Hamas Assassination Draws Wide Praise In Israel

Suspects wanted by Dubai police in the death of Hamas leader Mahmoud al-Mabhouh i i

This combination image shows 11 of the 26 suspects wanted by Dubai police in connection with the killing of a Hamas commander, Mahmoud al-Mabhouh, in his Dubai hotel room last month. (Click enlargement for more information.) Dubai Ruler's Media Office/AP hide caption

itoggle caption Dubai Ruler's Media Office/AP
Suspects wanted by Dubai police in the death of Hamas leader Mahmoud al-Mabhouh

This combination image shows 11 of 26 suspects wanted by Dubai police in connection with the killing of a Hamas commander, Mahmoud al-Mabhouh, in his Dubai hotel room last month. (From left to right, top row): Evan Dennings of Irish nationality, Gail Folliard of Irish nationality, James Leonard Clarke of British nationality, Jonathan Louis Graham of British nationality; (from left to right, middle row) Michael Bodenheimer of German nationality, Paul John Keeley of British nationality, Michael Lawrence Barney of British nationality; (from left to right, bottom row) Peter Elvinger of French nationality, Kevin Daveron of Irish nationality, Melvyn Adam Mildiner of British nationality, Stephen Daniel Hodes of British nationality.

Dubai Ruler's Media Office/AP

The murder of a Hamas operative in Dubai last month has had serious diplomatic repercussions for Israel. Dubai's police chief says 26 people, carrying forged European and Australian passports, were involved in the plot, and he says he is "99 percent" certain Israel's intelligence service, the Mossad, was responsible for the killing.

Israel's government has maintained an official silence on the assassination of Hamas leader Mahmoud al-Mabhouh. Some Israeli analysts are calling it a botched operation because the assassins left behind too many clues.

But many ordinary Israelis say they are proud of the assassins for eliminating an enemy believed responsible for the killing of two Israeli soldiers in 1989.

The identities of a number of binational Israelis have been linked to the assassination, apparently because the forged passports used by suspects in the case carried the names of innocent people.

Israeli Daniel Bruce was caught unaware when Israel's Channel 2 News informed him by phone that he had been named as a suspected assassin of Mabhouh after Dubai police found a fake Australian passport.

Bruce's first response was to laugh.

"Great for me, I guess," he said. Then, the presenter asked if he was scared.

"Actually, no. I guess I should have been scared, but they've managed to take out another terrorist, so it's better," he said.

Israeli officials have refused to confirm or deny involvement in Mabhouh's death. But across the Jewish state, news of the assassination has been met with a wink, a nod and newfound pride in the Mossad.

Uri Ochayon, a bakery owner in Jerusalem, has been greeting his customers with jokes over the Mabhouh assassination.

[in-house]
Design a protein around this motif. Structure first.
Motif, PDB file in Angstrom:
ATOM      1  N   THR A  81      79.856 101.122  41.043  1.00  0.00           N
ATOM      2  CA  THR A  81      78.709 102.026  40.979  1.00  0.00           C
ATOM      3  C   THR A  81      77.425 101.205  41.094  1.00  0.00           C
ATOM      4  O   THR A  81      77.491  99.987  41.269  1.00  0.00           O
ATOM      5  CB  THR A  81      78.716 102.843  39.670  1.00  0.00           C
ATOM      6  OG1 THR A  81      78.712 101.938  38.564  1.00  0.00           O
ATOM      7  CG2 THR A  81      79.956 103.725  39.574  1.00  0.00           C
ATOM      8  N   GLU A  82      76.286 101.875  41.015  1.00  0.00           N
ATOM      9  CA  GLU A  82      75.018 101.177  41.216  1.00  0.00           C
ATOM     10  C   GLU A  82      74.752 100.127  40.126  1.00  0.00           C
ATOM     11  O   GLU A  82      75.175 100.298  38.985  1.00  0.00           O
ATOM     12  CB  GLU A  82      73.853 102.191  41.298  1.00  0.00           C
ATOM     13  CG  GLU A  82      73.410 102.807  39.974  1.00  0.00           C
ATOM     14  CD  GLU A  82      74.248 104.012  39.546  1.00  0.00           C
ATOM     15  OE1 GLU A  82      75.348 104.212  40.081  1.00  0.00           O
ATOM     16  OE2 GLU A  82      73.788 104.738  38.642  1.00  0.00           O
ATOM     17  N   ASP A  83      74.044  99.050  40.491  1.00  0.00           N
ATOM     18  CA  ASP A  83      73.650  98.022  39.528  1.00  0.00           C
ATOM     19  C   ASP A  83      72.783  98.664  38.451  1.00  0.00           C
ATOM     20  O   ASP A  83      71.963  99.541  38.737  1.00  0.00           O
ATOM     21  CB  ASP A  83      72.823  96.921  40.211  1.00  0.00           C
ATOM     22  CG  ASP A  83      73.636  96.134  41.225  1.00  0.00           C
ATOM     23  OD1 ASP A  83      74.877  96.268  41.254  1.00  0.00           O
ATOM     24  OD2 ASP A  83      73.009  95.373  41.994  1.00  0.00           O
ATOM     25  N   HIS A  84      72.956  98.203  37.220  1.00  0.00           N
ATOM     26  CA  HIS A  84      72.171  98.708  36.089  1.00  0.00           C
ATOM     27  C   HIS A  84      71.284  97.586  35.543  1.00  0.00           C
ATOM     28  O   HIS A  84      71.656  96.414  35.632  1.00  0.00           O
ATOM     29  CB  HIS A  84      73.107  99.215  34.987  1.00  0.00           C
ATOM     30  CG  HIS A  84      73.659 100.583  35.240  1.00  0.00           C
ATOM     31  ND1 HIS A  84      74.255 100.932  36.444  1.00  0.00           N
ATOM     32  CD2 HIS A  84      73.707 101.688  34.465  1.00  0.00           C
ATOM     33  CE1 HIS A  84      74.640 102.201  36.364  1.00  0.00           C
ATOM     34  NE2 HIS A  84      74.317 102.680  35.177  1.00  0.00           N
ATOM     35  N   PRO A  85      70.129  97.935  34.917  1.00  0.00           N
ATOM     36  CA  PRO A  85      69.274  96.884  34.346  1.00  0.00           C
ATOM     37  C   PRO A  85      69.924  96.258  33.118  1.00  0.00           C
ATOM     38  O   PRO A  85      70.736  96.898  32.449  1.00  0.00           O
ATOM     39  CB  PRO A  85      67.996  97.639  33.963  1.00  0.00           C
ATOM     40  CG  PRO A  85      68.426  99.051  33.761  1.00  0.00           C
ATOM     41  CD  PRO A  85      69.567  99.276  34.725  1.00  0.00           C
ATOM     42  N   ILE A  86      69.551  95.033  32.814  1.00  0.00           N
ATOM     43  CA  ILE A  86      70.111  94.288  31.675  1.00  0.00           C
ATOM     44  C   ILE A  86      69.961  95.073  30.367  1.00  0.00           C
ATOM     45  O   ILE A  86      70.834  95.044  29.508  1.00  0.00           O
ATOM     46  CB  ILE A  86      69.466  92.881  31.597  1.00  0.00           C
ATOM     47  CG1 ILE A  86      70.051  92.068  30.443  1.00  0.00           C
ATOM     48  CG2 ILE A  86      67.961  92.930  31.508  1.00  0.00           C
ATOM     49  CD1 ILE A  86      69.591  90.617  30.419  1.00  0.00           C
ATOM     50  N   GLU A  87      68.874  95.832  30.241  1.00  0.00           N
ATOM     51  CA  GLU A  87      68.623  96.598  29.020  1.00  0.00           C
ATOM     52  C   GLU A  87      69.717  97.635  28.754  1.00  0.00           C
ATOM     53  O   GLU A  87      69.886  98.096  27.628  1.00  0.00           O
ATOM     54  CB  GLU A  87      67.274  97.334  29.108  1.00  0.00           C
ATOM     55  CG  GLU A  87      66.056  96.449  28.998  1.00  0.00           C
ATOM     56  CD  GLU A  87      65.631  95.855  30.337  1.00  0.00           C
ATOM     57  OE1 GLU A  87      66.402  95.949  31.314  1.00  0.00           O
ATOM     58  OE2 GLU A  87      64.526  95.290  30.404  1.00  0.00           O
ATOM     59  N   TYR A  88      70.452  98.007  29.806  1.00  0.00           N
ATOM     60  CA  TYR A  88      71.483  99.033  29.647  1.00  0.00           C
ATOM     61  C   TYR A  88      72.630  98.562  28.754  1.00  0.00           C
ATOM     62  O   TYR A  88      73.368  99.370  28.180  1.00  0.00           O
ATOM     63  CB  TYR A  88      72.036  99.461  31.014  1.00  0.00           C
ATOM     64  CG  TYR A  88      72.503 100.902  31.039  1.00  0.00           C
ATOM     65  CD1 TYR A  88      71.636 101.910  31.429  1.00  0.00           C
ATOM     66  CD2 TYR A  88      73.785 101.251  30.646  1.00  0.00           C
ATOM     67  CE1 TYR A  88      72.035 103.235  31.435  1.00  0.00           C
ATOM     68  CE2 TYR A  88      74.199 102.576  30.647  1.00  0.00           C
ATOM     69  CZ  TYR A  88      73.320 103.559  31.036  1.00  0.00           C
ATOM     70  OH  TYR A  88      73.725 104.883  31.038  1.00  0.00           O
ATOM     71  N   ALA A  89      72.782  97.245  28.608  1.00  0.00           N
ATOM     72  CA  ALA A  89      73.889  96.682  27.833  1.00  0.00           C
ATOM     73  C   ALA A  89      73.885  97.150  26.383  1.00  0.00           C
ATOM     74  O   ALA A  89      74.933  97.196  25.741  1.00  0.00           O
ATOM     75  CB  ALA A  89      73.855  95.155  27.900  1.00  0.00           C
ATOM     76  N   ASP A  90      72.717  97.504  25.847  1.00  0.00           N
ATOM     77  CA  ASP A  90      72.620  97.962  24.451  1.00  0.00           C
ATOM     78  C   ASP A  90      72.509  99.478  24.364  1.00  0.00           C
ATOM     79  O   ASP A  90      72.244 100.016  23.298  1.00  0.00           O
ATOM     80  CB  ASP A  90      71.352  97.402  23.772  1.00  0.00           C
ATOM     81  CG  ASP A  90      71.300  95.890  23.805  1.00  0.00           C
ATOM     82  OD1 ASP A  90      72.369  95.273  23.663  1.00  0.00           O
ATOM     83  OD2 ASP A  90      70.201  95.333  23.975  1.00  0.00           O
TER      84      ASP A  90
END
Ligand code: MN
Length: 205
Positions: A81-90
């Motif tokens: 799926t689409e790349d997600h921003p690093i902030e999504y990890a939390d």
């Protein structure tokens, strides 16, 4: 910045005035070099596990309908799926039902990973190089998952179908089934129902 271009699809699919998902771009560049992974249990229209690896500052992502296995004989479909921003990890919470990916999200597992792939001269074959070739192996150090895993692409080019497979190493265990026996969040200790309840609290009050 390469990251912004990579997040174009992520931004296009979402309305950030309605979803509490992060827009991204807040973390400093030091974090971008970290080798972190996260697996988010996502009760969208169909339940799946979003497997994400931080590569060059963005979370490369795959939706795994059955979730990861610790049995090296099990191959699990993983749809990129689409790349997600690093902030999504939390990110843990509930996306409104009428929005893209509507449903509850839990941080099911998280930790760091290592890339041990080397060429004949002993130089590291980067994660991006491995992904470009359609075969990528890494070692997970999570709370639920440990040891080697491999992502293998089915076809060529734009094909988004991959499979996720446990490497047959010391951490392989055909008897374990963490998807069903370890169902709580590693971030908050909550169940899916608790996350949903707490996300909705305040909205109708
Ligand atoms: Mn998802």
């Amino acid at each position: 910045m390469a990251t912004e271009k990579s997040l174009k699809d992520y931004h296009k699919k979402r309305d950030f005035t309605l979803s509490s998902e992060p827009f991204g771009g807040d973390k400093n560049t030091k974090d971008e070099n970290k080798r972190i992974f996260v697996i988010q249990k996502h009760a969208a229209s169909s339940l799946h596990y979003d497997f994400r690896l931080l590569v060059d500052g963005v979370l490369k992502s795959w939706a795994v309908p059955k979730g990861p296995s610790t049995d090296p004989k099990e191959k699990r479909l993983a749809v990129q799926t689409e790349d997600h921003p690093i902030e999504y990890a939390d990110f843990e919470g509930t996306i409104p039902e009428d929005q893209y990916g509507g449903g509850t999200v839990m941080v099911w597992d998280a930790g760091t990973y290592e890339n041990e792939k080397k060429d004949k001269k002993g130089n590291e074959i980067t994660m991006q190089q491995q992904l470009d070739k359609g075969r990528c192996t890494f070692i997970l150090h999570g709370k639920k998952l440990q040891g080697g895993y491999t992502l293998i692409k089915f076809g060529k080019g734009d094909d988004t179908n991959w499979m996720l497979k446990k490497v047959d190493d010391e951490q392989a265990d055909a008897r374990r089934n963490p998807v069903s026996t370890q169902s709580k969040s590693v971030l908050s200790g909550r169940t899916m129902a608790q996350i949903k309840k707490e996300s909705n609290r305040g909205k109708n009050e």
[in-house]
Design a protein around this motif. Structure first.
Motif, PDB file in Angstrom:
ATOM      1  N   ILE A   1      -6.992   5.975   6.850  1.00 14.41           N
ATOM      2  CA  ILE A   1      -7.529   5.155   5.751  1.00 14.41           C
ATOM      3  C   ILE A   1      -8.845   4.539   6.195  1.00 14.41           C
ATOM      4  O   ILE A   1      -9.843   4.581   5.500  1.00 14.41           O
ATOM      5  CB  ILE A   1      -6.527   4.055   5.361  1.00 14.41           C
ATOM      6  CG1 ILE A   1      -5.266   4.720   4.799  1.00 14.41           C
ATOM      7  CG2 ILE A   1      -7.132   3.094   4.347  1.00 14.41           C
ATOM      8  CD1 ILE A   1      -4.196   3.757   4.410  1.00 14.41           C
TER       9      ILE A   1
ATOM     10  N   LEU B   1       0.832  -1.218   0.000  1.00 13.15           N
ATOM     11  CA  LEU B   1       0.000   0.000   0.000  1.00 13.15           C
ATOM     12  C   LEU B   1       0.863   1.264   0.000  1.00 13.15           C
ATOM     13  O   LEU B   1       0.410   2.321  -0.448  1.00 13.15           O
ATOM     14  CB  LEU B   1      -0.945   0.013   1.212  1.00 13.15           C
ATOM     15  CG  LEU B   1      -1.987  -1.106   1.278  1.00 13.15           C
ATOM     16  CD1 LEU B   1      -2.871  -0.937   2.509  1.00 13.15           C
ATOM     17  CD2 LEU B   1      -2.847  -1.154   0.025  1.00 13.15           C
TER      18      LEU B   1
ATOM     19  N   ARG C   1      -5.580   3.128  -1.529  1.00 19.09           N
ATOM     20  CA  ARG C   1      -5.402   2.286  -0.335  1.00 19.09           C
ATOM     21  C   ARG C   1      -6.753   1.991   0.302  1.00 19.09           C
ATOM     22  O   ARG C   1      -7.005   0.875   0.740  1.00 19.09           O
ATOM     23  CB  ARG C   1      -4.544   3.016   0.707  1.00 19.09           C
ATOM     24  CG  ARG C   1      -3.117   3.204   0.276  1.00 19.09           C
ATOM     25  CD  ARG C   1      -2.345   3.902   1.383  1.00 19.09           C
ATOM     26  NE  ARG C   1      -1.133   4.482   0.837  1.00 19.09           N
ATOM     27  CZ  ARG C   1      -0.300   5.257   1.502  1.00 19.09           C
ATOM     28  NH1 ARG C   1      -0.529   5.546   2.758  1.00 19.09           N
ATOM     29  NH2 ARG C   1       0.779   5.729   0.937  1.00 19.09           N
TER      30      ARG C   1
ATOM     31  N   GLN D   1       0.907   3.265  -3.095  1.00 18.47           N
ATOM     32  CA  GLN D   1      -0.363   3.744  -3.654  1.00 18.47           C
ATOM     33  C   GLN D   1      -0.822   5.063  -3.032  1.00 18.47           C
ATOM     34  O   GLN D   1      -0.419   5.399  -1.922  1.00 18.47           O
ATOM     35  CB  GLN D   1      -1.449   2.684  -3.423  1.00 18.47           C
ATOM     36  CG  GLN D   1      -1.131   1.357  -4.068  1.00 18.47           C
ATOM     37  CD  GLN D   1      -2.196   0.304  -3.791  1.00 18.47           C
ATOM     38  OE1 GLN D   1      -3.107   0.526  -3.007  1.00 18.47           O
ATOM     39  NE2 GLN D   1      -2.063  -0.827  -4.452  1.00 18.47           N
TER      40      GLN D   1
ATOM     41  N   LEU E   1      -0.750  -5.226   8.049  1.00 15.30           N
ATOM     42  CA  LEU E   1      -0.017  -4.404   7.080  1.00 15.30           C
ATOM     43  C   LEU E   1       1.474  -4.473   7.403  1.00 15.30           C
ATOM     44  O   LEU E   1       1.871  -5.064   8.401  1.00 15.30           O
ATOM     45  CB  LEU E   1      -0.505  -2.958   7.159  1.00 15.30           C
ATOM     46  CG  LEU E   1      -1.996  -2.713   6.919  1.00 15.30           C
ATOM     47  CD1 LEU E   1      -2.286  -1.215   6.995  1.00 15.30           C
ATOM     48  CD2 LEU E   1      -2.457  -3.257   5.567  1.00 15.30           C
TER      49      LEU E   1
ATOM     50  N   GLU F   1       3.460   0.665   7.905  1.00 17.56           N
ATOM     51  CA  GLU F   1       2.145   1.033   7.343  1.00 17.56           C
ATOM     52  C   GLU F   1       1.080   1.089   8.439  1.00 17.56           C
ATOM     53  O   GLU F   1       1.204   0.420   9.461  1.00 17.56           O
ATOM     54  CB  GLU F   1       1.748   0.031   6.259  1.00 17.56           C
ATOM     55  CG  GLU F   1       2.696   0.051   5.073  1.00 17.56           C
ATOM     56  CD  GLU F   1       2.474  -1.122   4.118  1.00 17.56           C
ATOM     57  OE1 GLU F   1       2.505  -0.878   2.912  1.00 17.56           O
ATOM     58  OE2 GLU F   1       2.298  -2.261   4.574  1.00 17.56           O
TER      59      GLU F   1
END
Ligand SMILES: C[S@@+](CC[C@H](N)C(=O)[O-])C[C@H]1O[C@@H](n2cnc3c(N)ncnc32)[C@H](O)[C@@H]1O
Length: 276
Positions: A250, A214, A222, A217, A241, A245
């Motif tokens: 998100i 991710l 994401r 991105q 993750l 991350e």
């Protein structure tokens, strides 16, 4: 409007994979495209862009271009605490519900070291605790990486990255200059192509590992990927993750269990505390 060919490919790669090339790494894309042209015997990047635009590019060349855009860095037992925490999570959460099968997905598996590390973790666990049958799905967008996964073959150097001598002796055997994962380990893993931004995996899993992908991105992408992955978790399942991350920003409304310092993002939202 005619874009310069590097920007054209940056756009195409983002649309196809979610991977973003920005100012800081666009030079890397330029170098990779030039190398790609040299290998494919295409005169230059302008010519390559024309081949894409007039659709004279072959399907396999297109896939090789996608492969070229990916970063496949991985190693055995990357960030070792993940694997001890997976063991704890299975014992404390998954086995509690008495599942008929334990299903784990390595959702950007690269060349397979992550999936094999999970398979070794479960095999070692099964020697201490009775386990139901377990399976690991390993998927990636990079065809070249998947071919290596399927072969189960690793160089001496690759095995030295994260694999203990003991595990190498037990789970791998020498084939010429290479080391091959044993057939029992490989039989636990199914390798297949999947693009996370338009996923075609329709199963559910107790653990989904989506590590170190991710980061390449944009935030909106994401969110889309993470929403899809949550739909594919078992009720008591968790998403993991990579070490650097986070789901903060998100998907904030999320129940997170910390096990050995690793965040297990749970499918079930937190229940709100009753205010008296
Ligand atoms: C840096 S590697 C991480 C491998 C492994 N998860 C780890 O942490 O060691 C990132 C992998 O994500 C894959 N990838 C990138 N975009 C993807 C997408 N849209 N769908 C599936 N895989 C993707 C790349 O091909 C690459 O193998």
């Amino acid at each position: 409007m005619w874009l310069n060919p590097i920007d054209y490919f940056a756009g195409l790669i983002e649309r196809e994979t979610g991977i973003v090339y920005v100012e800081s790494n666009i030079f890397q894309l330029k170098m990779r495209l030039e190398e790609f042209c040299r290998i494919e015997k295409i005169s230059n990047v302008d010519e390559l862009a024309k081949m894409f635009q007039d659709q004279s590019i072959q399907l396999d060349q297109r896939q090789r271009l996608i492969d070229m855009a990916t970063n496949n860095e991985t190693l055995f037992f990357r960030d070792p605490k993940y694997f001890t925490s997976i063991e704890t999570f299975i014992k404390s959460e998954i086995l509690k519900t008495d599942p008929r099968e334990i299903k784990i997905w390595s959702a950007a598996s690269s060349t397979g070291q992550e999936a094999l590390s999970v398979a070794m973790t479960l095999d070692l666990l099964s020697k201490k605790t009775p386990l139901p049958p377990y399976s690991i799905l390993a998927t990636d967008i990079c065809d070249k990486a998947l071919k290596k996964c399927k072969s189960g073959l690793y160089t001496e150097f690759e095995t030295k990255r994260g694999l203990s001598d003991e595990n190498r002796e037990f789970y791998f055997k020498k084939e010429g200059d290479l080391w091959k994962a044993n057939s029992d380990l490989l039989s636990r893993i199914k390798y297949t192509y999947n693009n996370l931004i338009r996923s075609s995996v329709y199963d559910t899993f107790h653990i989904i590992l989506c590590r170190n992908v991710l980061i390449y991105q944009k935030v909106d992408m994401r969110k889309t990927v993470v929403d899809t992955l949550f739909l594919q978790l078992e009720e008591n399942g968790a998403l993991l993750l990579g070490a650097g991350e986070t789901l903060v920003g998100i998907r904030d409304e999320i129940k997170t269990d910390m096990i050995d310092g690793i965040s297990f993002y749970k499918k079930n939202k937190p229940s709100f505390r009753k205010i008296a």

"Listen, we're fulfilling the fantasies of many countries all over the world who want to do this but don't have the means. We have the means. It's a great thing, so we'll laugh at this and just move on," Ochayon says.

He shrugs off international anger over the killing and the growing number of accusatory fingers pointed at Israel.

On Wednesday, Dubai police released additional information about suspects involved in Mabhouh's death. Ten of the 26 suspected assassins share names with Israelis — a coincidence Dubai police say is simply too great to be ignored.

Israel is a small country where everyone knows everyone, Ochayon says, so the operation could have been carried out by your neighbor, friend or customer.

Or Kashti, the education correspondent for Israel's left-wing daily Haaretz, proudly wrote about being mistaken for one of the Dubai assassins. Kashti said he even received phone calls from friends asking why he hadn't bought them cigarettes from the duty-free shops in Dubai.

In a small health food store in Jerusalem, a number of customers have mistaken 37-year-old Guy Chen for one of the alleged assassins, to which he bears an uncanny resemblance.

He's not one of them, he says, but he's still proud of the work they did.

"Every terrorist that is eliminated, we are happy about, we give our blessings. Who took him out? We don't know. But of course we have an interest in this man no longer being alive," Chen says.

While some Israelis have criticized the Mossad for its alleged involvement in the killing, most have taken issue only with the supposed trail of evidence the assassins left in their wake.

Dubai's advanced surveillance cameras caught what officials say were the killers in various parts of the city, and airport immigration officials matched names and passport numbers to the images.

Britain, Ireland, Germany, France and Australia are investigating claims that the killers used false passports from their countries to enter Dubai. And at least some of the Israelis whose names appear on the suspect list are not happy about it.

Speaking on Israeli TV Wednesday night, Adam Korman said he could not have been more surprised to see his name on the list of alleged assassins.

"They took our passport numbers without asking. It's a shock. We have no idea what kind of problems this will create," he said.

Still, most Israelis found time to joke as they pored over the photos of the 26 suspects, 14 of whom wore glasses with thick frames.

According to Israeli radio, that style is now being requested across the country. They're calling it "the assassin look."

Comments

 

Please keep your community civil. All comments must follow the NPR.org Community rules and terms of use, and will be moderated prior to posting. NPR reserves the right to use the comments we receive, in whole or in part, and to use the commenter's name and location, in any medium. See also the Terms of Use, Privacy Policy and Community FAQ.